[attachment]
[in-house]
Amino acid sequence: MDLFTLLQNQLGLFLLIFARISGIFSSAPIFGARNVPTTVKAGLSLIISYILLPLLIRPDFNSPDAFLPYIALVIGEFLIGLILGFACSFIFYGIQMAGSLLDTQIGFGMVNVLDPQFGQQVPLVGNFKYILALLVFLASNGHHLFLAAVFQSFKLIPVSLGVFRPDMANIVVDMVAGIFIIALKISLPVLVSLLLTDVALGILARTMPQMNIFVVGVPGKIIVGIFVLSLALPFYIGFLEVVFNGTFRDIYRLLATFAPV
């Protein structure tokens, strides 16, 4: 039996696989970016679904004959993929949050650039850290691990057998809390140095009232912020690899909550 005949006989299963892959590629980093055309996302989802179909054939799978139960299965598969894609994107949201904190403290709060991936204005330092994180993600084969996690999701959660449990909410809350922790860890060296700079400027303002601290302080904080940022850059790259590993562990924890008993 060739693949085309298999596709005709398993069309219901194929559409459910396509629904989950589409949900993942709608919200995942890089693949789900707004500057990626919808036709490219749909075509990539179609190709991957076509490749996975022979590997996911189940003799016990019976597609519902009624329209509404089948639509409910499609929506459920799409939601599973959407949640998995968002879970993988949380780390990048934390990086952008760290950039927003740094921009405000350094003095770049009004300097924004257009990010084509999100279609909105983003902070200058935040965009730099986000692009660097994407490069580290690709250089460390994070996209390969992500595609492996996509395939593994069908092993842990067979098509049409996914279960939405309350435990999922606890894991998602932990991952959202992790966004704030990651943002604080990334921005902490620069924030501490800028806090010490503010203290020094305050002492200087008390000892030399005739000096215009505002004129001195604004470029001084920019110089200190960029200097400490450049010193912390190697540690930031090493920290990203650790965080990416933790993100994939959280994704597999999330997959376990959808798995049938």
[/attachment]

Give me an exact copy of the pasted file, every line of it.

[in-house]
Amino acid sequence: MDLFTLLQNQLGLFLLIFARISGIFSSAPIFGARNVPTTVKAGLSLIISYILLPLLIRPDFNSPDAFLPYIALVIGEFLIGLILGFACSFIFYGIQMAGSLLDTQIGFGMVNVLDPQFGQQVPLVGNFKYILALLVFLASNGHHLFLAAVFQSFKLIPVSLGVFRPDMANIVVDMVAGIFIIALKISLPVLVSLLLTDVALGILARTMPQMNIFVVGVPGKIIVGIFVLSLALPFYIGFLEVVFNGTFRDIYRLLATFAPV
């Protein structure tokens, strides 16, 4: 039996696989970016679904004959993929949050650039850290691990057998809390140095009232912020690899909550 005949006989299963892959590629980093055309996302989802179909054939799978139960299965598969894609994107949201904190403290709060991936204005330092994180993600084969996690999701959660449990909410809350922790860890060296700079400027303002601290302080904080940022850059790259590993562990924890008993 060739693949085309298999596709005709398993069309219901194929559409459910396509629904989950589409949900993942709608919200995942890089693949789900707004500057990626919808036709490219749909075509990539179609190709991957076509490749996975022979590997996911189940003799016990019976597609519902009624329209509404089948639509409910499609929506459920799409939601599973959407949640998995968002879970993988949380780390990048934390990086952008760290950039927003740094921009405000350094003095770049009004300097924004257009990010084509999100279609909105983003902070200058935040965009730099986000692009660097994407490069580290690709250089460390994070996209390969992500595609492996996509395939593994069908092993842990067979098509049409996914279960939405309350435990999922606890894991998602932990991952959202992790966004704030990651943002604080990334921005902490620069924030501490800028806090010490503010203290020094305050002492200087008390000892030399005739000096215009505002004129001195604004470029001084920019110089200190960029200097400490450049010193912390190697540690930031090493920290990203650790965080990416933790993100994939959280994704597999999330997959376990959808798995049938």